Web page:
Working with Children
A discussion is currently taking place on LinkedIn about hypnotherapy with children. I personally am pleased to work with children from 4 years and upwards. They are great fun and very imaginative and, it therefore follows, very suggestible. I do agree with Dr. Lindsay B Yeates, however, that it is often the parent(s) that is the problem and it is important to have a few ground rules in place before beginning to work with a child. Here are some of Dr Yeates’ stipulations which he explains to the parent before commencing treatment:
- the child is my client, not the parent
- the parent will not be present in the consulting/treatment room at any time other than the history taking at the initial consultation.
- the parent agrees not to discuss the treatment with the child at any time, i.e. they do not try to find out from the child what has been said.
- the parent accepts that any information given to me by the child will only be passed on to them (the parent) provided the child freely and willingly choses to allow me to do so.
I think these rules are very important. As I have already said, it is sometimes very clear at the initial consultation that it is the parent or parents who have the problem and it is therefore key that the child can trust the therapist or counsellor and know that everything discussed within the therapy room will remain completely confidential – with the usual proviso, of course, that should I perceive the child to be in danger, then I would need to break that confidentiality.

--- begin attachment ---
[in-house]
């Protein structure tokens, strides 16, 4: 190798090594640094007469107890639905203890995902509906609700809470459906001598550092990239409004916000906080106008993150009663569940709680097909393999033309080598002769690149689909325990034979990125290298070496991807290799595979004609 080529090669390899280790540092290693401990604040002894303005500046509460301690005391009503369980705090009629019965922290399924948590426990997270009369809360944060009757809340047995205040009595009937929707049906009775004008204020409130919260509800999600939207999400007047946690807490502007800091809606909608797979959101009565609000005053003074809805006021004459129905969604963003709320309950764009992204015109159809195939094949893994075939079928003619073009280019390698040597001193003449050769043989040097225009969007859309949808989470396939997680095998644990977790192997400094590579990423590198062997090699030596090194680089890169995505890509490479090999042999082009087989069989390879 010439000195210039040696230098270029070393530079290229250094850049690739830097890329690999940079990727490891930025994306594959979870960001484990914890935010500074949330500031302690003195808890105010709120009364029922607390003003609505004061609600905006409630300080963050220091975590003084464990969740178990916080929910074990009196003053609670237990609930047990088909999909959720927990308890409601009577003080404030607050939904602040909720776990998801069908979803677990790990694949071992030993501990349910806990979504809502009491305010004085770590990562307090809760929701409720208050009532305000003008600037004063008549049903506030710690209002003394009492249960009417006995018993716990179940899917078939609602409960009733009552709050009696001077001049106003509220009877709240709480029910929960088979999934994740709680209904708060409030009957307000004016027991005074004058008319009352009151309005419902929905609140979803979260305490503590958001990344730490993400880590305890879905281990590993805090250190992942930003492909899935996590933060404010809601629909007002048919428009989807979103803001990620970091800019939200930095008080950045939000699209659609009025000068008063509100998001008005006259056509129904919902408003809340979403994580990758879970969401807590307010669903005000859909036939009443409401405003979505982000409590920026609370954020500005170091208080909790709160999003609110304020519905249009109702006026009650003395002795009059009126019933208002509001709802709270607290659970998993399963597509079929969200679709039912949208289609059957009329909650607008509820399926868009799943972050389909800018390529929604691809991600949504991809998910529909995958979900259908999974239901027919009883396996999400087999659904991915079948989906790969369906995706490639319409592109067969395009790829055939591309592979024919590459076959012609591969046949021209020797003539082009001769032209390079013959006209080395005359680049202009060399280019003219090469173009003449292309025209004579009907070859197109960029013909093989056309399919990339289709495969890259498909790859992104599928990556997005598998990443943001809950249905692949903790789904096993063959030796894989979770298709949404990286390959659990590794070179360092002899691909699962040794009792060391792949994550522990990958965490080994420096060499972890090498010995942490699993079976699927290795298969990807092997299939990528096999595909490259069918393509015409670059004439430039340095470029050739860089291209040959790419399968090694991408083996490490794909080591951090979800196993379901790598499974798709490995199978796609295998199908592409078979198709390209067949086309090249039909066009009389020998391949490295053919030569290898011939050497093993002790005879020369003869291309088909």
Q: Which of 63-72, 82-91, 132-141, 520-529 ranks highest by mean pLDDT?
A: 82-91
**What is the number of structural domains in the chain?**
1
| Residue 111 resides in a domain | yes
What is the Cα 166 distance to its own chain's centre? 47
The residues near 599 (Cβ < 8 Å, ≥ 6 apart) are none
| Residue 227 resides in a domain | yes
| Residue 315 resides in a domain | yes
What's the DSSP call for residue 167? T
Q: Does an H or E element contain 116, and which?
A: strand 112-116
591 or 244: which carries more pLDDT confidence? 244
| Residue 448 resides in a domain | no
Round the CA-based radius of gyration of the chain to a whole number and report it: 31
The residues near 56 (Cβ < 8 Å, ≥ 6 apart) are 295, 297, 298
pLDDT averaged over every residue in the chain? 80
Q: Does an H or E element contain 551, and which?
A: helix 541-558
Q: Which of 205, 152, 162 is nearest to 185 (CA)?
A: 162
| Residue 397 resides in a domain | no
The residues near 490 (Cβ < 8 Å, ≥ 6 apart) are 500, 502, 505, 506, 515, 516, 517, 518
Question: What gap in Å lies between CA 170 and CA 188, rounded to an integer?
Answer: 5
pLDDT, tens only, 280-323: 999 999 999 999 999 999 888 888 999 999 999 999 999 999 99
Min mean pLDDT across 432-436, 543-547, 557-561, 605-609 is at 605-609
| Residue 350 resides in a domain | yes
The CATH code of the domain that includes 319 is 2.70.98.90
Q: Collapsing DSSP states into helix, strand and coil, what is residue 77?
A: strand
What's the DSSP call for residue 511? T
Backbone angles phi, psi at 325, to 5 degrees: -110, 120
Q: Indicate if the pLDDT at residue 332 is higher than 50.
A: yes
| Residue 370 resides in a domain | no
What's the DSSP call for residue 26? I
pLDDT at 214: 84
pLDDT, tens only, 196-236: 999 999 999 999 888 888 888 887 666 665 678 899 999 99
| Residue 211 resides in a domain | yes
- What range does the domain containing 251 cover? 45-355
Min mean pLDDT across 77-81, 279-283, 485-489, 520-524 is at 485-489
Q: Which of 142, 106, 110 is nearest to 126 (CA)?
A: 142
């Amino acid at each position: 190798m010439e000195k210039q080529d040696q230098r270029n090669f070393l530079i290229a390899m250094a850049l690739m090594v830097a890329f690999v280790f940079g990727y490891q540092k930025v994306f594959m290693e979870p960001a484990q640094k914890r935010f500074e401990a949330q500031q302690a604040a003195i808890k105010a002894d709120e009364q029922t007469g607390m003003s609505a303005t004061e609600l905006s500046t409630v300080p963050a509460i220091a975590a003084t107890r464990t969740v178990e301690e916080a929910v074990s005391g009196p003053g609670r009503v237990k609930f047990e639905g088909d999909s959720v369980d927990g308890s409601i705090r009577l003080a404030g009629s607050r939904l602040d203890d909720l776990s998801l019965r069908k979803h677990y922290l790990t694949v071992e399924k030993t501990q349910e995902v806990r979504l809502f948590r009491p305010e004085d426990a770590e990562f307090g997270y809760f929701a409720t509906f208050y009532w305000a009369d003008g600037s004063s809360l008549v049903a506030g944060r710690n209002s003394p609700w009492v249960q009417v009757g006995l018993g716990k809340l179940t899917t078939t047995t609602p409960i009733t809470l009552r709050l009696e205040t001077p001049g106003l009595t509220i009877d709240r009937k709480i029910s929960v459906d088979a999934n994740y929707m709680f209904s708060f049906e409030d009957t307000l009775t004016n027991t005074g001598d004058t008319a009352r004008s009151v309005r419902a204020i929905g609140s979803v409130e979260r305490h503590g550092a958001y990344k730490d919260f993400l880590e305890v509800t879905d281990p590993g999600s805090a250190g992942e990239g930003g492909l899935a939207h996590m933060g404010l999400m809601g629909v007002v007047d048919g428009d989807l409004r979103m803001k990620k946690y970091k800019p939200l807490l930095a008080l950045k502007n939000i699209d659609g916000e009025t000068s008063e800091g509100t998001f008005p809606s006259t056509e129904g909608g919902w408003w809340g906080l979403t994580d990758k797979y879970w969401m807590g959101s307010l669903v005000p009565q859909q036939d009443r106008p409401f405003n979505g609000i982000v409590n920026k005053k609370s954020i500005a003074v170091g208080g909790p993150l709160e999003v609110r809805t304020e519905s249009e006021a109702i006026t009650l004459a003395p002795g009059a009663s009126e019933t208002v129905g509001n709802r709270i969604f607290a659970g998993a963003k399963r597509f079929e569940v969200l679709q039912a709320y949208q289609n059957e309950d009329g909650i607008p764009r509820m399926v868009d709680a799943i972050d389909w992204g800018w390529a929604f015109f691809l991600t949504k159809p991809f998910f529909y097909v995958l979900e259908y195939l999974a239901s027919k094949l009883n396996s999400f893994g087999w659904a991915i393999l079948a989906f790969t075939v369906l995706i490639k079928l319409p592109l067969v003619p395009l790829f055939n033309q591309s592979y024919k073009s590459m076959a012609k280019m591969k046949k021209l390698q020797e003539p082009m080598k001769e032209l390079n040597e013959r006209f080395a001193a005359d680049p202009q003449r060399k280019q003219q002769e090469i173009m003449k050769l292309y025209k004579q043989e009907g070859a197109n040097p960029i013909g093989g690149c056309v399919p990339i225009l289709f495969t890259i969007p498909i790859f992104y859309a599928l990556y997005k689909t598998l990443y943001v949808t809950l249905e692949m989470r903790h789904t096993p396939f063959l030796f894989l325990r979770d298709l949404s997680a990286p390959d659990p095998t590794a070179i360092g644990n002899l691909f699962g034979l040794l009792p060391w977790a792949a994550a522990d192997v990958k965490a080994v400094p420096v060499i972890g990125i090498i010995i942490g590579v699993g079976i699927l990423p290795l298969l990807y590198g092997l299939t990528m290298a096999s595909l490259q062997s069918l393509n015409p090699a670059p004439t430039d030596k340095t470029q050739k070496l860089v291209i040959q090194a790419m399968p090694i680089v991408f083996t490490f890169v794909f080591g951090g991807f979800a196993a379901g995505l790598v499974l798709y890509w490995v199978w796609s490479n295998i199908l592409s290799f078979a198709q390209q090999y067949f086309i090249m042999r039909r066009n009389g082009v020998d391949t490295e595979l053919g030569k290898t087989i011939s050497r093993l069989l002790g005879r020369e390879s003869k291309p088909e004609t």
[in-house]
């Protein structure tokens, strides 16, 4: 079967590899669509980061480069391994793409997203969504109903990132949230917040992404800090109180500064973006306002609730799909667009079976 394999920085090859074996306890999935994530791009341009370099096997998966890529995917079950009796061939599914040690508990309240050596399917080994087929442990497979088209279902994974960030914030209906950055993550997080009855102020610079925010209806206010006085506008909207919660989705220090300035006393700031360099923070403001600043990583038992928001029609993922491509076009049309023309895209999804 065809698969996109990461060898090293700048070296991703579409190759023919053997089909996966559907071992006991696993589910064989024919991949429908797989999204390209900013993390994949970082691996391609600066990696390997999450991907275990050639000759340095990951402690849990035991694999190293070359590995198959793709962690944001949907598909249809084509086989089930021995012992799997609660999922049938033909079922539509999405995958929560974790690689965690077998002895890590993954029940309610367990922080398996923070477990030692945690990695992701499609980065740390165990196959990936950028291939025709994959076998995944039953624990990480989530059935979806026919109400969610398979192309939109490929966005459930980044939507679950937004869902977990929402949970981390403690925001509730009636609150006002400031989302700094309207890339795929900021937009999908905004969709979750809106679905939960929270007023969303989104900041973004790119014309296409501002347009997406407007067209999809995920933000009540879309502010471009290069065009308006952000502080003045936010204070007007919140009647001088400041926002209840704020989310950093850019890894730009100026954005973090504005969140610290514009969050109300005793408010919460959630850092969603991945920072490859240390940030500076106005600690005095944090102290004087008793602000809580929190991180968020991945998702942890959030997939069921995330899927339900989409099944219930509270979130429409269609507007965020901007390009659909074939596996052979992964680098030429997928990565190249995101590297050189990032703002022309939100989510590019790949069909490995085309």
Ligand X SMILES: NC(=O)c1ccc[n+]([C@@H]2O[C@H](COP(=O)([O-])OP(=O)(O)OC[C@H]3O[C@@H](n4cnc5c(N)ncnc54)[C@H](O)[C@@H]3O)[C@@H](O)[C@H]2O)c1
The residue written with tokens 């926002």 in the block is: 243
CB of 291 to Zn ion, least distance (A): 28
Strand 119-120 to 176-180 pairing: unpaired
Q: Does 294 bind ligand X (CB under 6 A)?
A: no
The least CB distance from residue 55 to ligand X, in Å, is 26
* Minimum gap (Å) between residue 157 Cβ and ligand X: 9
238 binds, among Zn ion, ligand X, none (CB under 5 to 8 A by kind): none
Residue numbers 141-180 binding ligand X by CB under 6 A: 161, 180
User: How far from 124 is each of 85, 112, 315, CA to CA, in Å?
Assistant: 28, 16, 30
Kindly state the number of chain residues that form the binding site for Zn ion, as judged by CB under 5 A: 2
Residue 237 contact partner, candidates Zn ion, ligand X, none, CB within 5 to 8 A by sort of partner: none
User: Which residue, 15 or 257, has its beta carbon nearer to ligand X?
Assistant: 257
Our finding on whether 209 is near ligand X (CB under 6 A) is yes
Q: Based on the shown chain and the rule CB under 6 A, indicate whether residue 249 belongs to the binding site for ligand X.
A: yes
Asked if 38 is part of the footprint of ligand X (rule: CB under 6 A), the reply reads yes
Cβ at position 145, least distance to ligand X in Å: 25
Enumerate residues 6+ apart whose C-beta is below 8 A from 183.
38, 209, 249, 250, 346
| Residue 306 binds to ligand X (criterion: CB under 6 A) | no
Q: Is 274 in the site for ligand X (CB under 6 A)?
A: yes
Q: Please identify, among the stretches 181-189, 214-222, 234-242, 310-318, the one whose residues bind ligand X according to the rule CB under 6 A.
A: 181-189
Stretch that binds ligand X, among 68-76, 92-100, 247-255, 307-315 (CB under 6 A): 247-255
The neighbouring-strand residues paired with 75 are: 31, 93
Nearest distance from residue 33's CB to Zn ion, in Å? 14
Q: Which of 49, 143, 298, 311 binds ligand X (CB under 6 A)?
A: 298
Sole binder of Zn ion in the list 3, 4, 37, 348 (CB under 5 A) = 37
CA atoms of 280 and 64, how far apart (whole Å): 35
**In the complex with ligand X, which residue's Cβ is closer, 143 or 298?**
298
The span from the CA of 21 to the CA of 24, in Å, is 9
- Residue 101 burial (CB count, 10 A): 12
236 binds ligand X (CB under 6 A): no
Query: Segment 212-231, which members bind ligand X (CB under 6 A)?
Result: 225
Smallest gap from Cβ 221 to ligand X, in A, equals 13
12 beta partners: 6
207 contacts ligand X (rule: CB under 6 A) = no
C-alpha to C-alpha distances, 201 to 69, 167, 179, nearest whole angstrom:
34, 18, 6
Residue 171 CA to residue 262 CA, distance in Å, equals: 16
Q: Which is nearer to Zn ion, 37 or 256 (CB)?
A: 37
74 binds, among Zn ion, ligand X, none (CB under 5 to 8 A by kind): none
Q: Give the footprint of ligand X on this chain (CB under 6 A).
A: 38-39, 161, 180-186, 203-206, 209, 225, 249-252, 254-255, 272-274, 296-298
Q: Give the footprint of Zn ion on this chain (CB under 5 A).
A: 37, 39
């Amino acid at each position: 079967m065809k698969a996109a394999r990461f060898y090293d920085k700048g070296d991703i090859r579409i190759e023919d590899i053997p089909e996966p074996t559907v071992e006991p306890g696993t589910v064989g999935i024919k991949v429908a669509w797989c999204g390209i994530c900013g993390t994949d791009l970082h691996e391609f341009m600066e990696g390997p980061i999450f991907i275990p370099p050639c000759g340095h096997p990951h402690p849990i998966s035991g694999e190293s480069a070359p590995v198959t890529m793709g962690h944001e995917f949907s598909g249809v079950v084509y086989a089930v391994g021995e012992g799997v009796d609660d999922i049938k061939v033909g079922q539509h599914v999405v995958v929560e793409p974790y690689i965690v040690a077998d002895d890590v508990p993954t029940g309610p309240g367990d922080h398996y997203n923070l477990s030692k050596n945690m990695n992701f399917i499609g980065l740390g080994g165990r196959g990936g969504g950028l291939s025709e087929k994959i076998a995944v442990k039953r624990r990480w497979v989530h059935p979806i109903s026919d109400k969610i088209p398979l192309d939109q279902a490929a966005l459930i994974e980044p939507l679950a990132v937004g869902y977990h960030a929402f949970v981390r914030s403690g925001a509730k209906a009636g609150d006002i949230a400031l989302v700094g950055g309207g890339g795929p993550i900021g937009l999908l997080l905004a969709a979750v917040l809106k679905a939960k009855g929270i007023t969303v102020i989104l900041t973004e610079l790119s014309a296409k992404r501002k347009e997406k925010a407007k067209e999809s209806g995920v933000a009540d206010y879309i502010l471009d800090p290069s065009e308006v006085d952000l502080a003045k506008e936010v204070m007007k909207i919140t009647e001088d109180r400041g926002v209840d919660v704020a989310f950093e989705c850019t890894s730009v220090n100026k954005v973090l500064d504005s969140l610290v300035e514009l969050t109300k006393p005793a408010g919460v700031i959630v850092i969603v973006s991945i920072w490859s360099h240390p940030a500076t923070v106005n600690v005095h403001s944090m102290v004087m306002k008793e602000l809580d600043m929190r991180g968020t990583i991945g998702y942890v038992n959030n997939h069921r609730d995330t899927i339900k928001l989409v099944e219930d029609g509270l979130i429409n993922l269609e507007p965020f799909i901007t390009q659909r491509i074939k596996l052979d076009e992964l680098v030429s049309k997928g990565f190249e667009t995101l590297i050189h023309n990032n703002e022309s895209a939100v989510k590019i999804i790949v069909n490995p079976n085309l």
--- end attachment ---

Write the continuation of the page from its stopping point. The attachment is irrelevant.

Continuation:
Presenting problems: I have treated are a 5 year old who refused to speak at school. She chatted happily with her father at the information gathering but would apparently not speak in public. She was clearly exceptionally bright and was able to read several stories to me and tell me what she enjoyed doing with her dad. It transpired that she had to act as translator on a daily basis for her mother who had no English and was finding a way to rebel against this role.
A few weeks ago I saw a little girl who following a bad cold had developed a strange tic, inadvertently and repeatedly snuffling and screwing up her eyes. She was beginning to be teased at school and her mother was very anxious about it. We had great fun chasing the tic around and hiding it in her shoes while she was at school and it has now disappeared completely.
A common problem is picky or fussy eating – often stemming from early childhood where the parents have focused strongly on persuading a child to eat following an illness. The child will often equate love and attention with either refusing to eat or overeating and, of course, this is an issue that, if not treated, can spill over into adulthood and cause severe difficulties later on.
My conclusion: provided you have clear ground rules around the involvement of parents, children are a delight to work with and amazing changes can be brought about using fantasy journeys and creatures, stories and making full use of the child’s imagination.